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It is not an unfrequent remark, that the study of metaphysics has been declining in this country for some years past, and that to devote our attention to a subject so remote from the concerns of active life, is little better than a misapplication of time. Were it meant by that term to designate the ontology of the scholastic ages, or the chimerical systems which, at a much later period, were framed by the followers of Plato, Aristotle, and Pythagoras, to say nothing of the more recent speculations of German origin, the truth of

the assertion might be readily admitted. But if, on the contrary, a dispassionate investigation of the


and operations of the human mind constitutes, as it now more usually does, and as it always ought to do, the legitimate object of that science, the neglect into which it is said to have fallen would afford ample cause for the expression of regret. But the truth is, that if we advert to the various publications that have appeared in our own language within no great length of time on the important topics which it embraces, we shall find that this department of knowledge has not been so much disregarded, as many have allowed themselves to suppose. No writer of eminence, perhaps, has contributed more than Mr. Dugald Stewart, by the peculiar attractions of his style, and the almost uniform correctness of his taste, to revive the attention of the thinking part of the pub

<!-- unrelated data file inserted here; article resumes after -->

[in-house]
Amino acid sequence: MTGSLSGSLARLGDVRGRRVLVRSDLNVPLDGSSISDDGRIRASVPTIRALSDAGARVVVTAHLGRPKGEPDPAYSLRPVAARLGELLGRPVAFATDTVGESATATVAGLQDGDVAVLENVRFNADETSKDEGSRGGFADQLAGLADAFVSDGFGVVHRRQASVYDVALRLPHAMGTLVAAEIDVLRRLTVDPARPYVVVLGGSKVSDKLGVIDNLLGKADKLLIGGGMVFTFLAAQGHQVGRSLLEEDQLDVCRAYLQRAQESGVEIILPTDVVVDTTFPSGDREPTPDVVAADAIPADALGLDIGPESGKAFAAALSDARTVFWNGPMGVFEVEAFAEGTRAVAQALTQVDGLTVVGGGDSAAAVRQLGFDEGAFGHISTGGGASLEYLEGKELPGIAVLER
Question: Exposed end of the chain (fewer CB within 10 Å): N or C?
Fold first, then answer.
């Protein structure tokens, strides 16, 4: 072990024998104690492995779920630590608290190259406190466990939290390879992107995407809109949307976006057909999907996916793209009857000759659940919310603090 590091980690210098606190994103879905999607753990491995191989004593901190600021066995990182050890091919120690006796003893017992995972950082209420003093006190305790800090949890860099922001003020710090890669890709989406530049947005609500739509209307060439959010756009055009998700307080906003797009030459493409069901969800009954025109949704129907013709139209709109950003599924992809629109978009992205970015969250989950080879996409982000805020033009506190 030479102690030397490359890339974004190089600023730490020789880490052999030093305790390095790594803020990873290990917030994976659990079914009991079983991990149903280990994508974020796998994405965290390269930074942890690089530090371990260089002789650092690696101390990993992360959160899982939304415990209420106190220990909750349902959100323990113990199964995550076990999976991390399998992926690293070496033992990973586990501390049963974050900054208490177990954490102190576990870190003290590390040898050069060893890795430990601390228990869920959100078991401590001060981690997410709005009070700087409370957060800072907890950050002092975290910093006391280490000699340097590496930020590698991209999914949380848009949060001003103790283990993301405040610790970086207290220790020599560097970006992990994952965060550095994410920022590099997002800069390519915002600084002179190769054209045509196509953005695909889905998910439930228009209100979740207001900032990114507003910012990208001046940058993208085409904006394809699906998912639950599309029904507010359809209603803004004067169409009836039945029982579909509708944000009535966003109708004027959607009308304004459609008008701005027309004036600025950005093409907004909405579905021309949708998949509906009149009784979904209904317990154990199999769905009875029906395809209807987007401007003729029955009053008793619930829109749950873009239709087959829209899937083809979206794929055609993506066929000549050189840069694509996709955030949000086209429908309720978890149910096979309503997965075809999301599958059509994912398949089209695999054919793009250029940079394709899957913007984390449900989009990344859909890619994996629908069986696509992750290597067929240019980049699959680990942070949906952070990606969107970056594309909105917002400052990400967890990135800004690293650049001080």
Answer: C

lic to rational inquiries relative to the mental faculties, and to the practicable means by which they may be more successfully cultivated. But there is another circumstance, which, though not so prominent as to have obtained general notice, must yet be allowed to possess no small share of influence with regard to the point in question. As long as Locke's Essay on the Human Understanding" shall continue to be made use of as a text-book in the public examinations at Cambridge for a bachelor's degree, (and what other work has yet appeared which, taken as a whole, is entitled to occupy its place ?) we have no trifling security that the study of intellectual philosophy can never become entirely obsolete in this country.

That it should not be so much encouraged in the recent plans for affording instruction to the uneducated orders of the

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The different branches of natural science, especially those connected with the mechanical arts, together with the biographical sketches of men whose merit has raised them to distinction, are not only better suited to their comprehension, but are more likely to be advantageous to them in the laborious occupations which they are destined to pursue. But since this is not the case with those whose station in society affords them leisure and

opportunity for making more extensive attainments, the philosophy of the human mind ought to hold a prominent station in that liberal course of studies which no man in polished society can now entirely neglect without incurring disgrace. Besides the other numerous arguments in favour of this pursuit, there is one which the purpose of the present publication leads me more par

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